Sunday, 23 April 2017



The top five of Japan’s 12-year-old whiskies are: Yamazaki, Hakushu, Nikka Taketsuru, Nikka Miyagikyo and Hibiki. Drink them as you like, but note that the Japanese typically add a dash (or a lot) of water. I use between 5 and 15 drops of water, using a pipette or drinking straw. I like Yamazaki the most.I have included the Yoichi 10-year-old as a very close 6th.

1. Suntory Yamazaki









The Sweetest: The first seriously marketed whisky from the distillery that started it all: Yamazaki 12-year-old. This is the classic, and for good reason. It’s light. It’s floral. It’s delicious. For what you’re getting, it’s reasonably priced. On the nose, one gets hints of zest and honey, and the palate, smooth and sweet, brings flavors of citrus with some vanilla oakiness. If you have a snobbish friend who insists on Scotch, a glass of Yamazaki should be the first class in a course of conversion to the Japanese path.  

2. Suntory Hakushu








The Smokiest: Hakushu, Suntory’s third American release, comes in a green bottle (a rarity among most clear-bottled Japanese whiskies) that hints at its “green” flavor profile: leaves and fruits, particularly pear. Marketed as the “fresh” whisky, Hakushu 12-year-old comes from the forests at the base of the Southern Japanese Alps. However, you’d be forgiven if you mistake this for an Islay malt. Even thoroughbred tasters often fail to separate the two. The use of peated barley, imported from Scotland, gives the whisky a smoky nose that suggests seaside origins; then you taste the delicate whisky, and find yourself transported to the forests of Japan.

3. Nikka Miyagikyo



The Most Surprising: When you nose this whisky, it releases little by the way of aroma. It takes ten minutes to settle and a second sniff yields heavy doses of toffee and caramel. The taste — full of strong, sweet vanilla — mimicks the nose’s form: slow to build, but impressive at its peak.Very classy finish.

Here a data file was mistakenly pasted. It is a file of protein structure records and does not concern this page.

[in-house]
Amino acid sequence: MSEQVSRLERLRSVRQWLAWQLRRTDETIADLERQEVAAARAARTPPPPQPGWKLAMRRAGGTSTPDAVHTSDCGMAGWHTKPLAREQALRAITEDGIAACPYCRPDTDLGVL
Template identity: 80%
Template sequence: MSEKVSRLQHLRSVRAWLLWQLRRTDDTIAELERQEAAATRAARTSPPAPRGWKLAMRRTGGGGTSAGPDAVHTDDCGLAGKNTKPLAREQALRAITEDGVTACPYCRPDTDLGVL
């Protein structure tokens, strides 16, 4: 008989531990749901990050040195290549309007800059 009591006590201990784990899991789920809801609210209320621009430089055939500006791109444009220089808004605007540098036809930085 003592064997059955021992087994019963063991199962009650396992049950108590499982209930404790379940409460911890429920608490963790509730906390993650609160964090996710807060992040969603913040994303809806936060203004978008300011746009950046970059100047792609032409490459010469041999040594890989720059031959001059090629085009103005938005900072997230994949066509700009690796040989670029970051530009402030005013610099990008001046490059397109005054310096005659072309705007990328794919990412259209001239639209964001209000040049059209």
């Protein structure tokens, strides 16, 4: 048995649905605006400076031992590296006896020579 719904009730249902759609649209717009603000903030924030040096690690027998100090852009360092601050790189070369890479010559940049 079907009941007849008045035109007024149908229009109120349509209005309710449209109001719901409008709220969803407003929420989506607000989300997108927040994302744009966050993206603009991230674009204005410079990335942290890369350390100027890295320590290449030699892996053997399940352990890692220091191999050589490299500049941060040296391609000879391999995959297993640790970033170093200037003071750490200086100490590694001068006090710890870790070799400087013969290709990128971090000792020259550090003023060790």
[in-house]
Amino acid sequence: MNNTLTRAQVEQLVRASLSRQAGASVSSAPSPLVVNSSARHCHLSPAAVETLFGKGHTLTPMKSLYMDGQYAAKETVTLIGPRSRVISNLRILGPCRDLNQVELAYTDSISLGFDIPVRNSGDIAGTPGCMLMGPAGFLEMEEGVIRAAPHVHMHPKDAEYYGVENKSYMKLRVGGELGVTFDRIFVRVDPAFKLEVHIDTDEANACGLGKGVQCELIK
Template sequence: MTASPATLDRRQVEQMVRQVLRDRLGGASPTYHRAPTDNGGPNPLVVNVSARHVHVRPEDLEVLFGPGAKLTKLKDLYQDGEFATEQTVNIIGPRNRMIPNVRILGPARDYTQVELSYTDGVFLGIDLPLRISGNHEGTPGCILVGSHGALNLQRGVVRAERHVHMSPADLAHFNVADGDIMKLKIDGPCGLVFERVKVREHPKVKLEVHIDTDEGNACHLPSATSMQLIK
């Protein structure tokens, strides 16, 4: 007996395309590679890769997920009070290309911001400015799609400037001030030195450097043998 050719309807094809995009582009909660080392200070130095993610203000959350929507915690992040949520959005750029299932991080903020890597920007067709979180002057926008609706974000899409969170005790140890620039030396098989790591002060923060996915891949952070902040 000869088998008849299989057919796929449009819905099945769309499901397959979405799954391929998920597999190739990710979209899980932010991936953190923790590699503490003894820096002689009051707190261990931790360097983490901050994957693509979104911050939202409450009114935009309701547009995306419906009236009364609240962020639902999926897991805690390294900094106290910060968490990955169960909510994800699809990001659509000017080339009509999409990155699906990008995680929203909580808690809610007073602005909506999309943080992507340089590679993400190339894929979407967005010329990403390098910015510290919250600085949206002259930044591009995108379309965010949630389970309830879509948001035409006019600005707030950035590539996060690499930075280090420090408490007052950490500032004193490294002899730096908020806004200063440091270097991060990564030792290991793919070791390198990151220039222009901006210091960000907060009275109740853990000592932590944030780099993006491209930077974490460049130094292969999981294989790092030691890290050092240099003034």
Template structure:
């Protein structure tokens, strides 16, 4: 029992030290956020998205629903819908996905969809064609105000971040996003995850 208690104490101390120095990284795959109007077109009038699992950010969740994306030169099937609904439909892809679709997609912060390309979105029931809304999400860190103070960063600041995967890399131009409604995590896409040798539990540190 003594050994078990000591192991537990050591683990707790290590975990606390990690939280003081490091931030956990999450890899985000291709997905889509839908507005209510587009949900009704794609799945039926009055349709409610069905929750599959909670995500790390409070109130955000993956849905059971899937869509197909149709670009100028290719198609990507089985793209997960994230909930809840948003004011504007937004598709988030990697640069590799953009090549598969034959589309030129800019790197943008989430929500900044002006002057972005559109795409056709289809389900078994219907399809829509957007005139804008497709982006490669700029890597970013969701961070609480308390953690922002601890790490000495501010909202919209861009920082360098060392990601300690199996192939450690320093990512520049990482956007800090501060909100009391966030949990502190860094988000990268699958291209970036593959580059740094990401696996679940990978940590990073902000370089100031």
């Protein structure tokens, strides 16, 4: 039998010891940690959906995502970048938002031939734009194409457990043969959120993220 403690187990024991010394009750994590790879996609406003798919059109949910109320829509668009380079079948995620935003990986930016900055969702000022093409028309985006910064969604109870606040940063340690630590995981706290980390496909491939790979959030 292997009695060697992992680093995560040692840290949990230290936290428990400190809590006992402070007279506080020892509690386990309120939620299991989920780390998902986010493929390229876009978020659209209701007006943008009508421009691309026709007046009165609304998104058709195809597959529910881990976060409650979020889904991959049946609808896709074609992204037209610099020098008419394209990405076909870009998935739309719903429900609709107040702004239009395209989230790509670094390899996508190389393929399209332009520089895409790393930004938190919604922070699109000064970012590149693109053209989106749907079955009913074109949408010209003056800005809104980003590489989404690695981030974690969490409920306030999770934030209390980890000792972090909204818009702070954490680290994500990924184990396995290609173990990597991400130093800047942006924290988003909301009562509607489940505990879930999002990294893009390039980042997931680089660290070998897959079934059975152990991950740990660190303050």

4. Nikka Taketsuru









The Smoothest: Interestingly, this is a vatted (a blend of single malts) versus blended whisky, brought over to the United States for the first time just last year. It combines 12-year-old malts from Nikka’s Yoichi and Miyagikyo distilleries. The darkest of the five whiskies (though still light, as far as whiskies go), the Taketsuru wows your taste with its even balance and smooth finish. On the nose, you get hints of vanilla, apple and cinnamon (apple pie). However, honey dominates the palate — so much so, in fact, that you feel like you are drinking straight from a honeycomb. The finish is rather short. 

5. Suntory Hibiki

The Sexiest Bottle: Housed in a distinct, multi-faceted, corked (!) bottle, or decanter, this Suntory whisky looks like something pulled from Noel’s personal bar. Although the nose is a bit sharp, the Hibiki gains points for using whisky aged in Mizunara, a rare Japanese oak, as well as casks formerly used to hold Japanese plum liqueur. Like the Nikka Miyagikyo, the Hibiki is rich and thick, bordering on syrupy. The taste mirrors the honey and vanilla of other offerings, but with an oily texture and small notes of fruit. An excellent blend. 

6. Yoichi 10 YO


A very well made single malt from Japan, Yoichi is the jewel in Nikka's crown, their 10 year old offering notes of vanilla and fruit.  Nose: Plenty of fruit notes- peach stands out in particular, ripe, vibrant and subtly floral. Then there's rich vanilla custard, peat smoke and a hint of nutmeg spice. Palate: Oily and sweet, with peat smoke following swiftly afterwards. Light oak and developing fruit notes beneath. Finish: Appealing oak lasts on the finish.